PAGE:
The petition, posted on Solution Space—an online forum for Harvard affiliates to voice input on University initiatives—on Sept. 11, has received over 180 upvotes on the website, making it one of the platform’s most popular posts.
In the post, graduate student and unionization supporter Marena Lin ’11 argues that Harvard is undermining the democratic process in opposing a second election to determine whether Harvard students may unionize.
After preliminary results of the November 2016 unionization election showed more voters opposed the Harvard Graduate Students Union-United Auto Workers than supported it, the unionization effort filed an objection arguing that the NLRB should mandate a re-vote. The union effort argued the list of eligible voters that Harvard generated before the election was inadequate.
In July, NLRB Regional Director John J. Walsh, Jr. ruled that the union’s objection was valid and Harvard must hold a new election.
Harvard then requested that federal NLRB review the case. If successful, the appeal could override Walsh’s ruling and prevent a second unionization election at Harvard
Lin’s post argues that Walsh’s decision was valid and should not be overruled.
“Inclusion in a complete list of eligible voters is at democracy’s very foundation,” she wrote. “Harvard administration’s appeal argues that they do not have a responsibility to provide a complete list of eligible voters for unionization elections.”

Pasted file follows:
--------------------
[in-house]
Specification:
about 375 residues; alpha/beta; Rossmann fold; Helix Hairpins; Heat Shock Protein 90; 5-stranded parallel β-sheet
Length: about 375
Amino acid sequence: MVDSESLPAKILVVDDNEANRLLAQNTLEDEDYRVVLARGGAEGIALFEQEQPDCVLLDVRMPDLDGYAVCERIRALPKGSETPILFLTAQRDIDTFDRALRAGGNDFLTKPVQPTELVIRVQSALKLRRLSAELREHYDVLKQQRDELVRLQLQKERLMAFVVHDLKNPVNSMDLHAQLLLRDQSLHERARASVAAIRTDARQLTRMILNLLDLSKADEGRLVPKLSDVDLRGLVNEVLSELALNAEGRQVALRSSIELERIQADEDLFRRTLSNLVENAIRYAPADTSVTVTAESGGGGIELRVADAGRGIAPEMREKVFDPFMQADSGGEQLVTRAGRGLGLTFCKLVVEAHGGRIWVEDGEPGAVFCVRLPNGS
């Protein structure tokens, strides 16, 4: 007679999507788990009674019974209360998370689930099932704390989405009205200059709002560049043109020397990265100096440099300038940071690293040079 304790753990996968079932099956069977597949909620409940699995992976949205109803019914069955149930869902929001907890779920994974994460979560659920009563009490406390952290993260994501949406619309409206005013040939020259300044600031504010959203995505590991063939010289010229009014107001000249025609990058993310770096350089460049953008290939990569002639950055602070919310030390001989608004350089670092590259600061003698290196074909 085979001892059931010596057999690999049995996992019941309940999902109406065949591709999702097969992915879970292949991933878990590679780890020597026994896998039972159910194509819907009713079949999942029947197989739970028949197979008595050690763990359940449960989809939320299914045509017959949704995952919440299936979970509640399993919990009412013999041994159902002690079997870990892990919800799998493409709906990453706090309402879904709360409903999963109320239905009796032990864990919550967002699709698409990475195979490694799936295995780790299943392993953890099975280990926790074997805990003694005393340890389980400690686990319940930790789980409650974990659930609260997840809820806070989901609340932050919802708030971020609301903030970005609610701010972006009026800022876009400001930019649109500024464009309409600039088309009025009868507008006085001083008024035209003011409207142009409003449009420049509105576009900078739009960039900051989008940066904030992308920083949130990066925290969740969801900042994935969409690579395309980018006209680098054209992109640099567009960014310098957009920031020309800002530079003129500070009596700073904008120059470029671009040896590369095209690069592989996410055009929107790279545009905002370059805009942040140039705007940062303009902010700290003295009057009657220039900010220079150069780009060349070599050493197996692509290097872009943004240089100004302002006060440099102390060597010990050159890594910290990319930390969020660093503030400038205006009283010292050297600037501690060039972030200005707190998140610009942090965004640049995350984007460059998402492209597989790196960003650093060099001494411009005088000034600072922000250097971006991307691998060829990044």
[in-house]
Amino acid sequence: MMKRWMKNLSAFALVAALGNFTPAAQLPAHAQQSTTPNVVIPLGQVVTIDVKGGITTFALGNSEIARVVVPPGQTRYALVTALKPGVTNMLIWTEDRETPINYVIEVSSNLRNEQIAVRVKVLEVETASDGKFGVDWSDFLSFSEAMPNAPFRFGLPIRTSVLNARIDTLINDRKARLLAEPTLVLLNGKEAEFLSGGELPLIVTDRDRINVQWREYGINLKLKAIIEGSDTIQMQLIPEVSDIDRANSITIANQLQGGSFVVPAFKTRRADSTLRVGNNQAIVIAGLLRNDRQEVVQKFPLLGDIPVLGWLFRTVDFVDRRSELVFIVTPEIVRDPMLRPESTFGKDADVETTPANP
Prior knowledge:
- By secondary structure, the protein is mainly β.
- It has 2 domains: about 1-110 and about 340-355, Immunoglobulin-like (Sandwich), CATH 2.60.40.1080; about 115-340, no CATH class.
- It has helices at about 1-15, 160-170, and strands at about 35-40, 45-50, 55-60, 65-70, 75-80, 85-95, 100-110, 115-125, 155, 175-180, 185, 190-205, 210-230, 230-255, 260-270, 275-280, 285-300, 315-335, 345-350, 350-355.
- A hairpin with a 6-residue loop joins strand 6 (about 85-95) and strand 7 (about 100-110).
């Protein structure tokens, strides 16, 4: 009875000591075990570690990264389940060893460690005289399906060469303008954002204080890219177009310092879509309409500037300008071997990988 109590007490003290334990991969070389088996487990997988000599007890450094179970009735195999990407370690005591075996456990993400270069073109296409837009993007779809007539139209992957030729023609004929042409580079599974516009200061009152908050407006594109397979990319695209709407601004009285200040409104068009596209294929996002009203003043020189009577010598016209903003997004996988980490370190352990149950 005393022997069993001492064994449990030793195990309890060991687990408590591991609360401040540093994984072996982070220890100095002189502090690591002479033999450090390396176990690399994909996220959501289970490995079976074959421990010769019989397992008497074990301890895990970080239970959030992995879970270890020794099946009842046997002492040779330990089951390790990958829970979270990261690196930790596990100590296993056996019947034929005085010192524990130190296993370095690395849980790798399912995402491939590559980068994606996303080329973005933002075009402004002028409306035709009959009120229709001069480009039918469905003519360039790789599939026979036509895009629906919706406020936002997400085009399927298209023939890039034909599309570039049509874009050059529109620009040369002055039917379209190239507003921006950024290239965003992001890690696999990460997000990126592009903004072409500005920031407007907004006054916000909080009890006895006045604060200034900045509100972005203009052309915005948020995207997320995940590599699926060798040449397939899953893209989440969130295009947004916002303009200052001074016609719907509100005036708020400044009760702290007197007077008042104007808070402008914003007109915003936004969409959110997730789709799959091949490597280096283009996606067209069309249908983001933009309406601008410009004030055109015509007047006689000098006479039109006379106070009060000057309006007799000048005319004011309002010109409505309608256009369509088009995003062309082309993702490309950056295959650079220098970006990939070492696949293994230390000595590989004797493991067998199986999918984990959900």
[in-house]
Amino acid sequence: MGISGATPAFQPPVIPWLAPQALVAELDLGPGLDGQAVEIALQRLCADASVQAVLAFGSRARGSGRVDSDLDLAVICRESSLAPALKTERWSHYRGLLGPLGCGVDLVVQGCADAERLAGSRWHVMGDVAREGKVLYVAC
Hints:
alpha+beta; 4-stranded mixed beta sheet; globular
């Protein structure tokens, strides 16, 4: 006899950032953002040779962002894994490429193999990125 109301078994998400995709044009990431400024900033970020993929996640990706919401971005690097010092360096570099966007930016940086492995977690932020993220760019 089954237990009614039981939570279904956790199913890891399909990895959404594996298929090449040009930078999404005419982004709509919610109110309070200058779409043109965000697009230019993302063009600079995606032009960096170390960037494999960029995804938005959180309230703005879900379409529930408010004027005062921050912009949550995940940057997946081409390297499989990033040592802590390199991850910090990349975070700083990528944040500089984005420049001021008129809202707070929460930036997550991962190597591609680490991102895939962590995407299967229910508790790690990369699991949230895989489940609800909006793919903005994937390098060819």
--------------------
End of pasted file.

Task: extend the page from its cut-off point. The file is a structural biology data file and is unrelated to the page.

In an emailed statement, Faculty of Arts and Sciences spokesperson Anna Cowenhoven wrote that Harvard’s voter list was adequate.
“The University worked diligently to identify and include all eligible voters on the voter list and encouraged all students who believed they should have been included to vote,” she wrote. “The University is eager to confirm the outcome of the election, which reflects the votes and voices of the majority of eligible voters.”
The petition also asserts that, if the federal NLRB hears Harvard’s case and rules in favor of the University, future unionization elections around the country could be compromised.
“If won with the Trump-appointed NLRB, this appeal could severely weaken the democratic process of unionization nationwide by disguising employer-led voter suppression behind systematic bureaucratic processes and errors,” it reads.
In an interview, Lin said Harvard should concede defeat in the unionization dispute.
“It's one thing to be against the union; it's another thing to interfere with the ability of students across the nation to unionize,” she said.
It remains unclear when the NLRB, which is composed of five officials appointed by the president, will decide whether to hear Harvard’s case. If the board does not grant Harvard’s request for review, Walsh’s decision will stand.